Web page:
Domenik has been asking to do some school work! This is the child who only 4 weeks ago, at the mere mention of "school, would curl up into a ball in the corner of his bedroom repeatedly banging his head on the wall until he was bruised and the wall as dented, or would thrashing around so much he put his foot through the wall. This child who had a meltdown at the suggestion to pick up a pencil at his OT assessment was actually BEGGING to do some school work! He had been seeing all the beautiful new science and life skills bits and pieces I have been collecting and was anxious to get in and start using them.
Unschooling, it would appear, is all about being child lead and allowing them to learn in their own way. Domenik is a very smart little boy, however, up until now he has been forced to learn in a particular manner. It was not the right way for him to learn. Domenik fights conformity and being told what to do. Even being asked to make a decision is a tough thing for him, because it is not something he has chosen to do. That sounds odd when written down. Let me explain.
When needing to make a decision, who actually decided that a decision needed to be made? Was it Domenik or whoever was supervising him? Additionally, how was it put to him that he needed to make the decision and who stipulated what the choices are? I know offering a child a decision seems pretty straight forward, and as though we are providing them the option, however when you have a child who is resistant to this kind of conditioning it's wise to take a step back and looking at the situation. Was there ever really a decision in that scenario or was it a situation where the child was to simply comply with either or and need to put up with the resulting consequences? In which case it really wasn't a decision was it, it was being told what to do.
So, what should i do? tough one, but i think even though we are early on in our journey I am seeing that providing options to Domenik in a blunt and "normal" manner is not going to work. I need to still control the situation, however make it appear to Domenik that he is in control and he has complete power over what the decisions need to be. So if it's a case of what to do, instead of straightforward telling him he needs to do maths or science now, I put the tools out where he can come across them during the day and let him pick up whatever he wishes and let him come to me with the choice. So it would appear to him that he is simply discovering and naturally questioning, where as I am in around about ways still structuring his day and his education (knowing that he is interested, curious and a questioning character) and in complete control.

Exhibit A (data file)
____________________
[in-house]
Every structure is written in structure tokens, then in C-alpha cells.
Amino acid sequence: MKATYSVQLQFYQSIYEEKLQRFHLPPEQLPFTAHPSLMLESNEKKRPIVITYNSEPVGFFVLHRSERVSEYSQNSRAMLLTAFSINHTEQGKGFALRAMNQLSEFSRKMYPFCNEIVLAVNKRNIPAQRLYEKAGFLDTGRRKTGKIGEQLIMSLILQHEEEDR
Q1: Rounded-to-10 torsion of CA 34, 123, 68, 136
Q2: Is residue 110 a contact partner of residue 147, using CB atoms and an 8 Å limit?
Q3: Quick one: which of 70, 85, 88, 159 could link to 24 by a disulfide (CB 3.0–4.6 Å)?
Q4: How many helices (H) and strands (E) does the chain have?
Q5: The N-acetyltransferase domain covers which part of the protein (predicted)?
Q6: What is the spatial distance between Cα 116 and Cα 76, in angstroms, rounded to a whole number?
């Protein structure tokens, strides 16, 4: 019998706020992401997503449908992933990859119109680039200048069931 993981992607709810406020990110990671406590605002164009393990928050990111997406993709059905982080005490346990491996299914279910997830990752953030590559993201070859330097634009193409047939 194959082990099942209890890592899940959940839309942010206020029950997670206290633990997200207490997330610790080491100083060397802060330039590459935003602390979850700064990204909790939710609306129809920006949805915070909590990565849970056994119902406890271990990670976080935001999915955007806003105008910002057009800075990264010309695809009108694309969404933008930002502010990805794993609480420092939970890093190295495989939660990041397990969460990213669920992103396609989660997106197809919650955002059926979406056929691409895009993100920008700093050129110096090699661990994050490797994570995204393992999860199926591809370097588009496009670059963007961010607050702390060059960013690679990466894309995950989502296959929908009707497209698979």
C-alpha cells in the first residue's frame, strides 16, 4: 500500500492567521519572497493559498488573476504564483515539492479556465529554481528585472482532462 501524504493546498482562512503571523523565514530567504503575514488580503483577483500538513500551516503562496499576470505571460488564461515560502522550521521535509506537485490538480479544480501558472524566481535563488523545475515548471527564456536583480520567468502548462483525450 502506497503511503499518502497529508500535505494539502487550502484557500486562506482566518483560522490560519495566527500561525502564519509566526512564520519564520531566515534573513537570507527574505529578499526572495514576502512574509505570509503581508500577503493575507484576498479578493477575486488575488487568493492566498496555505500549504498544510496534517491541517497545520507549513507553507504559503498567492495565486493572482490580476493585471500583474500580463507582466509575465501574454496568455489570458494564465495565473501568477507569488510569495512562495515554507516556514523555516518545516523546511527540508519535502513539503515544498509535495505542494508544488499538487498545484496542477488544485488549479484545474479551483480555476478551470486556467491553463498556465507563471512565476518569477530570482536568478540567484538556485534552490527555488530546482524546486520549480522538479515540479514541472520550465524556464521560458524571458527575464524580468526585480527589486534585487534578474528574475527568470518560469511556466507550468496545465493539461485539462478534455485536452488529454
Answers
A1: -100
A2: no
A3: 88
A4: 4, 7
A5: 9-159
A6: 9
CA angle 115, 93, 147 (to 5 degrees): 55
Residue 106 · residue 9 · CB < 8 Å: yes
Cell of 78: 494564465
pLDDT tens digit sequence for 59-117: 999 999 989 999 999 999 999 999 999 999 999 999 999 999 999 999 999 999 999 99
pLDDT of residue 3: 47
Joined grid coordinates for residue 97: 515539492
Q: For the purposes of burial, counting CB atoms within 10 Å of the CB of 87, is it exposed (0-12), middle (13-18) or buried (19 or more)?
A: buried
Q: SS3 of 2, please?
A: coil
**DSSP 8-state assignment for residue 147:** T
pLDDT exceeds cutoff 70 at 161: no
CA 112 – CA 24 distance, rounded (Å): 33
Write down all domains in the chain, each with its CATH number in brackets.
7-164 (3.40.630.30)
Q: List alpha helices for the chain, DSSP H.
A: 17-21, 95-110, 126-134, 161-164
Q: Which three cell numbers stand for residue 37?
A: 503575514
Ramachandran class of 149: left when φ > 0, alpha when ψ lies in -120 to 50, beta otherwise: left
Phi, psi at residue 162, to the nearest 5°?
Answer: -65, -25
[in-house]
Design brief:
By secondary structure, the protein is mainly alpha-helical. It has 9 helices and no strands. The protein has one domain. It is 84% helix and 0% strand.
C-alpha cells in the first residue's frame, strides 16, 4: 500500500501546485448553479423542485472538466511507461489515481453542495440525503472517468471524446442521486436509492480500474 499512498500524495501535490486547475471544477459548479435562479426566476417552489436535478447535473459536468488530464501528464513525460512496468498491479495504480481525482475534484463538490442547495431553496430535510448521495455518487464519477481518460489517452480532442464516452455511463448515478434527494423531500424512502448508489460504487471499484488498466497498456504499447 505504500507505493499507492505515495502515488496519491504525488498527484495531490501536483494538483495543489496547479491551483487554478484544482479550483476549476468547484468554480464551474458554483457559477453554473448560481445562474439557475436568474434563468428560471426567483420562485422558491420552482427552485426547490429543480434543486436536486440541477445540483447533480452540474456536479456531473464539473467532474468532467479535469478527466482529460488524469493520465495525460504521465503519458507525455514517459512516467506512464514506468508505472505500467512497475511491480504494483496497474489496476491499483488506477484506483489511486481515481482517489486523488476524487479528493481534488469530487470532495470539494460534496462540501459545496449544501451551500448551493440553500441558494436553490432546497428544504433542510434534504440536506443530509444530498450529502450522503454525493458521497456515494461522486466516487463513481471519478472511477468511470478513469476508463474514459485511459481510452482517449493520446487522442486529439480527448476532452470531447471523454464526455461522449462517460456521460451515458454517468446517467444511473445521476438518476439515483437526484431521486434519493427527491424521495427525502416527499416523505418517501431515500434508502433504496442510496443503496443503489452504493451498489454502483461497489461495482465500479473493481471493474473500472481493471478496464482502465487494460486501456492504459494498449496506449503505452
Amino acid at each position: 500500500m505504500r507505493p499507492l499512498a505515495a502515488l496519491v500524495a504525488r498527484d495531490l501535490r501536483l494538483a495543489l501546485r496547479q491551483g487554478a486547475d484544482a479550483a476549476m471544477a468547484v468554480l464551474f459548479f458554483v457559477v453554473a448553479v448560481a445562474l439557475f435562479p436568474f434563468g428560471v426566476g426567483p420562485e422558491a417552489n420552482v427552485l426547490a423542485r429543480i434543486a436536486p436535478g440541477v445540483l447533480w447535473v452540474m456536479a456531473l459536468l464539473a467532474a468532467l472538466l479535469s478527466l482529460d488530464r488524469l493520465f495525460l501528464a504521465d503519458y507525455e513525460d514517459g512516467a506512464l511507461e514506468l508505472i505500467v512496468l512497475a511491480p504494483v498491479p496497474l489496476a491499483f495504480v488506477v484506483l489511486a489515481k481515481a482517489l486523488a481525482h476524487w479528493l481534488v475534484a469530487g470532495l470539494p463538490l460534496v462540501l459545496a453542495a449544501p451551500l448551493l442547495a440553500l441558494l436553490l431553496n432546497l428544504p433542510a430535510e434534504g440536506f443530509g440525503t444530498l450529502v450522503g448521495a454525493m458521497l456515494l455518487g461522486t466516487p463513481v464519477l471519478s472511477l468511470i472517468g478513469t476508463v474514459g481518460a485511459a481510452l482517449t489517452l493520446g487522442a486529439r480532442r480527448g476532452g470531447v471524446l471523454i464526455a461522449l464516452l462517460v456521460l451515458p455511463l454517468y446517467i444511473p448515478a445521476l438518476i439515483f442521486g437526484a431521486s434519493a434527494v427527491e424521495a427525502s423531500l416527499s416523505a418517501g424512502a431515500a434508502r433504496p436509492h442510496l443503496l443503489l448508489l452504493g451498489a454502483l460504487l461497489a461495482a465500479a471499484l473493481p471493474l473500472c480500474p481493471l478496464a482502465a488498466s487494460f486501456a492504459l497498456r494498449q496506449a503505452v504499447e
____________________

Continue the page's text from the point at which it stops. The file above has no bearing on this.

I know this is not entirely a concrete way to go about learning. It certainly does not suit a regular and mainstream classroom, however I have faith that with some forward planning and trusting in my knowledge of all things Domenik that using this method we can start building on his learnings and incorporate learning into his every day life. In time, I hope that as he "de-schools" he will trust that I am not going to force him into a situation which triggers his fight or flight instinct which results in his anxious reactions and meltdowns. One day he may even pick up a pencil again!!!
Oh and as for yesterdays learning... Domenik discovered a magnifying glass. Upon examining a light globe he noticed the letters V and A on there which lead to a discussion on volts and amps (science) and what electricity can do for us. He then moved on to examine the skin on his arms and hands. Ne noted how there were lots of lines and creases and the texture was different on the palms of his hands to his arms and then again on the soft inside of his arms. This lead to a discussion on what skin does, how it is made up of little bits called cells and that these little cells are what all living things are made of. These early steps in exploring his world will lead to future learnings and build a curriculum which is entirely child led. Not a bad days learning for a child who resists school and is currently on "school holidays" ;)